Defendant relies primarily upon Massiah v. United States, 377 U.S. 201, 12 L. Ed. 2d 246, 84 S. Ct. 1199, and Escobedo v. Illinois, 378 U.S. 478, 12 L. Ed. 2d 977, 84 S. Ct. 1758, to support his contention. *398 In the Massiah case the defendant was indicted, arrested and freed on bond after employing an attorney. Federal agents, with the assistance of the defendant's confederate, installed a radio transmitter in the confederate's automobile and overheard the defendant's unguarded admissions, which were later used against him at trial. These admissions were made in the absence of retained counsel. The court held the admissions were inadmissible. The facts of the case are not analoguous to those of the instant case.
In the Escobedo case a suspect in a murder case made certain incriminating statements after he had requested and had been denied an opportunity to consult with his retained counsel and without being warned of his right to remain silent. Mr. Justice Goldberg, speaking for a majority of the court, said:"The critical question in this case is whether, under the circumstances, the refusal by the police to honor petitioner's request to consult with his lawyer during the course of an interrogation constitutes a denial of `the Assistance of Counsel' in violation of the Sixth Amendment to the Constitution as `made obligatory upon the States by the Fourteenth Amendment,' ... and thereby renders inadmissible in a state criminal trial any incriminating statements elicited by the police during the interrogation.
.............."... We hold only that when the process shifts from investigatory to accusatory when its focus is on the accused and its purpose is to elicit a confession our adversary system begins to operate, and, under the circumstances here, the accused must be permitted to consult with his lawyer." [Our emphasis.]
The facts presented in the Escobedo case are in sharp contrast to those of the instant case. Escobedo was a twenty-two-year-old boy of Mexican extraction with no previous police record, while Stubbs was a forty-four-year-old man with several prior criminal convictions, and who was no stranger to the "Halls of Justice." Escobedo had employed a lawyer and repeatedly requested the opportunity to consult with him; his request was denied, although his lawyer was in an outer room seeking permission to speak to his client. There is no evidence that Stubbs was denied counsel or was refused a request to see or call his attorney. No one advised or inquired whether or not Escobedo understood his constitutional rights, while in the instant case the county attorney inquired whether or not Stubbs fully understood his constitutional rights and received an affirmative reply prior to Stubbs' giving the statement. In Escobedo the "petitioner had become the accused, and the purpose of the interrogation was to `get him' to confess his *399 guilt despite his constitutional right not to do so," while Stubbs was only one of two suspects under investigation at the time he made his statement.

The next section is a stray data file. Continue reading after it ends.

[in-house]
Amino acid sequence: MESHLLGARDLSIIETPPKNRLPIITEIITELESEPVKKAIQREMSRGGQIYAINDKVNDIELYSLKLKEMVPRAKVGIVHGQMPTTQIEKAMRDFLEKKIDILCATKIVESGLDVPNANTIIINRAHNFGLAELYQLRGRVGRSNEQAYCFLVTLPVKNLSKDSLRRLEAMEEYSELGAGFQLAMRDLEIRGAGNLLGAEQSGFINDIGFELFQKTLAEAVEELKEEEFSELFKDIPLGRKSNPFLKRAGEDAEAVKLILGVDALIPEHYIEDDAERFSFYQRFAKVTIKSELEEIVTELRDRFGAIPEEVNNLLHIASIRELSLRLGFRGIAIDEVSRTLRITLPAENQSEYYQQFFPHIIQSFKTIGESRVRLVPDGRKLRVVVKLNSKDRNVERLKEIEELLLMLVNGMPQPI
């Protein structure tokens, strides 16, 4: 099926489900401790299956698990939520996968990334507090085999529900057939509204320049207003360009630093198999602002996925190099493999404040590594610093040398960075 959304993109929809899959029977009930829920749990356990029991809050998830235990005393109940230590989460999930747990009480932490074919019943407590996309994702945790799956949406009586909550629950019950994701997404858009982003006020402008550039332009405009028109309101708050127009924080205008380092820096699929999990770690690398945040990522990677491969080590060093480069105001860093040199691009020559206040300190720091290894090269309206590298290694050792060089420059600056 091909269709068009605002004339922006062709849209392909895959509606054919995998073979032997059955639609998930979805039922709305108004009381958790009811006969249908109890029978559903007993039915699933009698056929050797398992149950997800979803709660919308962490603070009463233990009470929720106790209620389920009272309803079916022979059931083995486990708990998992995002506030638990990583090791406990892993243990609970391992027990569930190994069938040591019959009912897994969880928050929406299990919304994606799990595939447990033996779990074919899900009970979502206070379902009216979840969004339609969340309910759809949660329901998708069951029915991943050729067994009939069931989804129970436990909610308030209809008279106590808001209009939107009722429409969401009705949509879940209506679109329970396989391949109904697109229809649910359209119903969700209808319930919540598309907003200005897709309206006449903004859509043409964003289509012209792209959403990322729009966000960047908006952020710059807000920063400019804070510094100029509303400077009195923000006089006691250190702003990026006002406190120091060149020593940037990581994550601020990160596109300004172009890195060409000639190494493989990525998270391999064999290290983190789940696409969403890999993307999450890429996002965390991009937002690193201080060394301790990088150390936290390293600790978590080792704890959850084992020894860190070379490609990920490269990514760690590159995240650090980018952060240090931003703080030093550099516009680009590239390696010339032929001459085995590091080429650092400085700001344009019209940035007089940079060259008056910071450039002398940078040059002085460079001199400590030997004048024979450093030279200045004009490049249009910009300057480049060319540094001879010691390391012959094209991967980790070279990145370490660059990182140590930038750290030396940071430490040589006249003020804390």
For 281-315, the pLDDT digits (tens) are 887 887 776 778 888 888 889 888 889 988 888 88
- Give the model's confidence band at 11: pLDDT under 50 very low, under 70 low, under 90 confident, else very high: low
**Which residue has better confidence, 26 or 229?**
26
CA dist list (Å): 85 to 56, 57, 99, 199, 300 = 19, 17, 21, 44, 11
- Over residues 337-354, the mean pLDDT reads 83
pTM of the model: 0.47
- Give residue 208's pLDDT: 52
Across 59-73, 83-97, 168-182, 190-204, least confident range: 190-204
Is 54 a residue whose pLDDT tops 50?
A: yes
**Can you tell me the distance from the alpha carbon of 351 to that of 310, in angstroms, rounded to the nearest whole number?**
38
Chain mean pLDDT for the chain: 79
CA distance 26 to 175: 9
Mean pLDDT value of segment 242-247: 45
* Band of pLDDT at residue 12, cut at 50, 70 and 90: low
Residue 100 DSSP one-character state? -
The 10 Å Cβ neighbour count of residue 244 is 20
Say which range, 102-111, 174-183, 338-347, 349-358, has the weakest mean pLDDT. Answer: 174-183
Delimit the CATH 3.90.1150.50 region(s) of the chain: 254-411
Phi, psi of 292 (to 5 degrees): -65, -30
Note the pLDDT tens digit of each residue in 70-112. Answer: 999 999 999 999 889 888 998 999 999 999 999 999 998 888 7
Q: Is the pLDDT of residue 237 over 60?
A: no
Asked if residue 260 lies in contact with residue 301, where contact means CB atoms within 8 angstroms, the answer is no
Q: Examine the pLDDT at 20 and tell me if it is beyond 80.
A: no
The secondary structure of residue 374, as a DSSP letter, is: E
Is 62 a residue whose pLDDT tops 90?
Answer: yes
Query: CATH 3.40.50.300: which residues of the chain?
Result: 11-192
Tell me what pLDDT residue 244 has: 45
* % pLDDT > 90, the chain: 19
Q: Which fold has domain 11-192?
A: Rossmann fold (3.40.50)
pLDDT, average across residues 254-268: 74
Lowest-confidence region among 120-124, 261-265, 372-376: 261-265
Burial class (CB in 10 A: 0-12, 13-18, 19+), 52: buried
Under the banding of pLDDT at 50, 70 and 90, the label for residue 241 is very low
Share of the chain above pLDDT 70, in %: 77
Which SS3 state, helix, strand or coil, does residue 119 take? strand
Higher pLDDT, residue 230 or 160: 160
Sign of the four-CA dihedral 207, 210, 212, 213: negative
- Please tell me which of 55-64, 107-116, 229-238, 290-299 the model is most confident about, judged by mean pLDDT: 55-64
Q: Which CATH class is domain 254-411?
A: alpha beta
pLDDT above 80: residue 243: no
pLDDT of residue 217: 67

The defendant would ask this court to declare that an accused has a constitutional right to have counsel provided at the investigative stage of the proceedings when a written statement is given by him to the police in order for the statement to be admissible. Neither Escobedo nor any other decision called to our attention has held that statements or admissions to police officers are inadmissible solely because they are made at a time when the accused did not have counsel. (Latham v. Crouse, 320 F.2d 120 (10th Cir.1963), cert. den. 375 U.S. 959, 11 L. Ed. 2d 317, 84 S. Ct. 449; Otney v. United States, 340 F.2d 696, (10th Cir.1965).